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10 Movies That Were Banned for Crazy Reasons

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Folks have pretty strong opinions on censorship, and rightfully so. The decision of whether to deny access to an artistic work isn’t one to be taken lightly. But depending on the reasons behind the ban requests, many of these judgments could be avoided altogether — like, for example, a fabric fundamentalist wishing to ban Sesame Street because they don’t believe felt should be sentient. They, of course, would be laughed out of the room before a review board even considered the motion. However, there are more than a few cases where a film was banned in entire countries for reasons as ludicrous as that.

Fans of author Eric Jonrosh know that his acclaimed novel The Spoils Before Dying, the subject of IFC’s new series, was banned in over 73 countries for being a “forbidden story of sex, drugs, murder…and jazz.” Turns out Jonrosh is in good company. Here are 10 movies that were banned in various parts of the world for a variety of odd reasons.

10. 2012 (North Korea)

We all know by now that “North Korea” and “wanton censorship” go hand-in-hand, but the country’s reasons for banning the goofy disaster flick 2012 go beyond an unflattering depiction of a police state. The year 2012 coincides with the 100th birthday of former North Korean leader and Kim Jong-un’s grandpappy, Kim Il-sung. Not only that, 2012 supposedly marked “the year for opening the Grand Gates to becoming a rising superpower,” so any negative depiction of North Korea’s banner year would have been blasphemous.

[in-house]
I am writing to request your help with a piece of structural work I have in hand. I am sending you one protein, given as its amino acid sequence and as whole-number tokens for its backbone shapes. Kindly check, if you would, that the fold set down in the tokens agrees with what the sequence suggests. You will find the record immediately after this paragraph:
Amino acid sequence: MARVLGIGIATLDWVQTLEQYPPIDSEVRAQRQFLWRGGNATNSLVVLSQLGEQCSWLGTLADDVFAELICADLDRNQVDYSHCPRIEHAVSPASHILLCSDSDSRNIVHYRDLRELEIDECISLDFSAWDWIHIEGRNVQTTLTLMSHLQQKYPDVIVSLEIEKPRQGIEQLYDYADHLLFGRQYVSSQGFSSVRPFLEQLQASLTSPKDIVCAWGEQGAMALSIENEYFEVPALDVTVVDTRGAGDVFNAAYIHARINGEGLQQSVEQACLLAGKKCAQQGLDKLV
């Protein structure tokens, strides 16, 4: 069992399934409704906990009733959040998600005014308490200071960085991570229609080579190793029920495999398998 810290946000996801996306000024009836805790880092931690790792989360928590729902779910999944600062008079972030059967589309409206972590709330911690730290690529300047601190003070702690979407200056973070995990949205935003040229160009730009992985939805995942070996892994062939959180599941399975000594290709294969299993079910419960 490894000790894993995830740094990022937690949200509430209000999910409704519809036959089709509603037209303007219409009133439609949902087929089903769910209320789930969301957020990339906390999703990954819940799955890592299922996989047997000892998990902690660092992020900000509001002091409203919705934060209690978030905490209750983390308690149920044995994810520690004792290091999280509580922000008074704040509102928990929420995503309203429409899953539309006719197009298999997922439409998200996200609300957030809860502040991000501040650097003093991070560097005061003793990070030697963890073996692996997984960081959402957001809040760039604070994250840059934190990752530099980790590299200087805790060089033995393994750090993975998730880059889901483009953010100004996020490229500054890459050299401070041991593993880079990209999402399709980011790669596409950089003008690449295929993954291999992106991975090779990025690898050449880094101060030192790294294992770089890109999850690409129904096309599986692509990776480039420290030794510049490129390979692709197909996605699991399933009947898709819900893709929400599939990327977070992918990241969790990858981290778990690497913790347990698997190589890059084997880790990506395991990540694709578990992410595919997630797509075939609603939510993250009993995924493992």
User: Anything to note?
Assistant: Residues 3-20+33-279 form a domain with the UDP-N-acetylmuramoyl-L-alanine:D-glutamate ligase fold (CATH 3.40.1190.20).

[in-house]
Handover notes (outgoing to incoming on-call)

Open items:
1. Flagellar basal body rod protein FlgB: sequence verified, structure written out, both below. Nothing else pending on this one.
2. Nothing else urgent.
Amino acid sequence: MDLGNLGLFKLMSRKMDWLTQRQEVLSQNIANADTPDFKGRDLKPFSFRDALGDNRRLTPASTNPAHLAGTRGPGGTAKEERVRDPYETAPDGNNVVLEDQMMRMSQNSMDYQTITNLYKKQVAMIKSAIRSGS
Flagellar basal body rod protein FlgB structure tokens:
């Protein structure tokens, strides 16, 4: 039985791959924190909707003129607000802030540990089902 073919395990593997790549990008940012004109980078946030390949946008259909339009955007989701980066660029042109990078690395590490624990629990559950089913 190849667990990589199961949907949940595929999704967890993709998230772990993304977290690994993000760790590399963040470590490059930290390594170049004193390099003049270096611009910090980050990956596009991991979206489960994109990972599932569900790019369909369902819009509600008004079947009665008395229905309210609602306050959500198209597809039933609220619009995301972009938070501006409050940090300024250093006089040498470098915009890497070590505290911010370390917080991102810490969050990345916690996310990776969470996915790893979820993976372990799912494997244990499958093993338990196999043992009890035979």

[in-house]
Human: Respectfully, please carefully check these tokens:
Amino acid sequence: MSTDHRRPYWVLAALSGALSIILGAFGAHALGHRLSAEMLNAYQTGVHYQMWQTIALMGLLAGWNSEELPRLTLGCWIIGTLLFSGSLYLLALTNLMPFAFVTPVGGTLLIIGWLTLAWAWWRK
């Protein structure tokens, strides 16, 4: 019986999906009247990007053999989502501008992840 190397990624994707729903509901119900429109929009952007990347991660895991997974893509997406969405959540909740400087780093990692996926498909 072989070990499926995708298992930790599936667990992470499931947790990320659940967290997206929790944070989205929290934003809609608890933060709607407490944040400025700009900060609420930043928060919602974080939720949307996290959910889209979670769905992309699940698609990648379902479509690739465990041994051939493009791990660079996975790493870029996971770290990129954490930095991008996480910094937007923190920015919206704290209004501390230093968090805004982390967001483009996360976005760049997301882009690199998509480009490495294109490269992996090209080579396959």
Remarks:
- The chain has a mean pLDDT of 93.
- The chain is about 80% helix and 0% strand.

9. Laurel and Hardy’s Scram! (The Netherlands)

Why would a swingin’ and free-wheelin’ European country like The Netherlands want to keep something as wholesome as a Laurel and Hardy movie from innocent eyes? Well, it turns out the scene in which the leads get inadvertently blotto with a married woman and flop onto a bed together fully clothed was deemed too scandalous for 1932 audiences. Thankfully, the Dutch have relaxed a bit since then.


8. E.T. the Extra-Terrestrial (Scandinavia)

After seeing our gurgling, unearthly pal get chased and prodded by federal agents, no one comes out of a screening of E.T. feeling all warm and fuzzy about the adults in the movie. And in 1982, Norway, Finland, and Sweden were worried that the distrust and animosity that Elliot and his cohorts have toward grown-ups would’ve triggered a full-scale revolt by the nations’ legion of Nordic ankle-biters. Fearing that generational relations would tense, the Swedish Board of Film Censorship banned kids under the age of 12 from seeing the international blockbuster when it was released.